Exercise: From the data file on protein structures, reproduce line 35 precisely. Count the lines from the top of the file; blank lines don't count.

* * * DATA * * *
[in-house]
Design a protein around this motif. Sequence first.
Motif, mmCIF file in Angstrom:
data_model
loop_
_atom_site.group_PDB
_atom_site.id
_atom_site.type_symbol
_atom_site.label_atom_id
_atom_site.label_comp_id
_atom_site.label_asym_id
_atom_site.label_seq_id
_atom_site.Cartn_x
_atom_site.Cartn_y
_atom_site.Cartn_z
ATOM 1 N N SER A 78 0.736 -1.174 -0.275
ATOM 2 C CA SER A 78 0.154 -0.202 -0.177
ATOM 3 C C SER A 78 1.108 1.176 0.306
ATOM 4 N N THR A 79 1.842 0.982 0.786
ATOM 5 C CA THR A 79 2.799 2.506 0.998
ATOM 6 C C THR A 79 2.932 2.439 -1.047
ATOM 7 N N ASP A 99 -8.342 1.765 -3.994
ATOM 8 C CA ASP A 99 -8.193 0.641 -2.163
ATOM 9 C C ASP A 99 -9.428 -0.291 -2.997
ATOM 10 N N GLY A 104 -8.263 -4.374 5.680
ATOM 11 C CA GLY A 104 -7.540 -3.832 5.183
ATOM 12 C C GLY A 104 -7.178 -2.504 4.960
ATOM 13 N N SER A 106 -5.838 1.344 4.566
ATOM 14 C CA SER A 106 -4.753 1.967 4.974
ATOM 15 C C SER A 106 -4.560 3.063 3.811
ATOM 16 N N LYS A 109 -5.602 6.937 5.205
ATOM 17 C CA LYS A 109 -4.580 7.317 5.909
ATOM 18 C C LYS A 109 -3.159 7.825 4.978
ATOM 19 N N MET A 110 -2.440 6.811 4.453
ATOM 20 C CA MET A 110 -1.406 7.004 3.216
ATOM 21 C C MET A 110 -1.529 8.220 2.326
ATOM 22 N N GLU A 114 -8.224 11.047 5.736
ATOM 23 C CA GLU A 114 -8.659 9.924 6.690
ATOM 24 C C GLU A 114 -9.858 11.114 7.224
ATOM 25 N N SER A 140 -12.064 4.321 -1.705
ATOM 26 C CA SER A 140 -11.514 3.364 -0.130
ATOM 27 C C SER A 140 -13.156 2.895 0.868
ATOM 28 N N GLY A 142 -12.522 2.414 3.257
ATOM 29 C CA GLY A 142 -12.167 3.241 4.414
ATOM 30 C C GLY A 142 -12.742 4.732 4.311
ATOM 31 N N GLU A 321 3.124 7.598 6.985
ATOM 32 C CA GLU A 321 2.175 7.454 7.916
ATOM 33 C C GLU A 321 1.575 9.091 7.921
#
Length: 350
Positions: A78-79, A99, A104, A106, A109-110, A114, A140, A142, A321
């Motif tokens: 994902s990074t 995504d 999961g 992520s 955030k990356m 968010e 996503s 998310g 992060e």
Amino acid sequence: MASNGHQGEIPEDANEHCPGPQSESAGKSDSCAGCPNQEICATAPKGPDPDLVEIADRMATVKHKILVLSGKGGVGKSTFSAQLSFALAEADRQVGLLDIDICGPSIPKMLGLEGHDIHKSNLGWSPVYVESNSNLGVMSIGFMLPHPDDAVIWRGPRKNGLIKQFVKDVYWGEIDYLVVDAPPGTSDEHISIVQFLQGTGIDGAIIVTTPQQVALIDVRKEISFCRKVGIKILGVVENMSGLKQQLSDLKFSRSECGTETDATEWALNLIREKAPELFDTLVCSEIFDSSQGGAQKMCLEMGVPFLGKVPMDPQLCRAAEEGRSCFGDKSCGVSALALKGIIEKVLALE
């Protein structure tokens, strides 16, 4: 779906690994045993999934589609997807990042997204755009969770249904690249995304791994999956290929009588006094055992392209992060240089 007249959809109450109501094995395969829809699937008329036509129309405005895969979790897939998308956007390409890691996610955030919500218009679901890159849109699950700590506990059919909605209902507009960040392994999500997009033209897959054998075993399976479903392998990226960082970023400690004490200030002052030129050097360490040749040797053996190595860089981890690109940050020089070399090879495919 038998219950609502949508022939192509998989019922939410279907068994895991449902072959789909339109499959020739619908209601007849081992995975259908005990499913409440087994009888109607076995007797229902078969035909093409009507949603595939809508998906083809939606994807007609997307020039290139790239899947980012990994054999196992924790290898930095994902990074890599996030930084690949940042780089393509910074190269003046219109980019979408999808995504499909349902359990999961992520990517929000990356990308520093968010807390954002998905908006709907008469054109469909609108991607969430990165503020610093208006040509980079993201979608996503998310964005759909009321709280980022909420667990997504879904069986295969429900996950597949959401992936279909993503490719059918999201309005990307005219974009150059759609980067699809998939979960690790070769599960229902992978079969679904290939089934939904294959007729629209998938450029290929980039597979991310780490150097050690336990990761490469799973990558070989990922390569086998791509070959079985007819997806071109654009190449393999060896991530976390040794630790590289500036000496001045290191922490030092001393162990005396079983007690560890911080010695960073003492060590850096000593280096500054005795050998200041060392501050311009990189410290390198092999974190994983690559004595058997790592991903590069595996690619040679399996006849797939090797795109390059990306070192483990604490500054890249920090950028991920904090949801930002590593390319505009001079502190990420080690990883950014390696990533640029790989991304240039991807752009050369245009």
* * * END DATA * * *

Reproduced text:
ATOM 20 C CA MET A 110 -1.406 7.004 3.216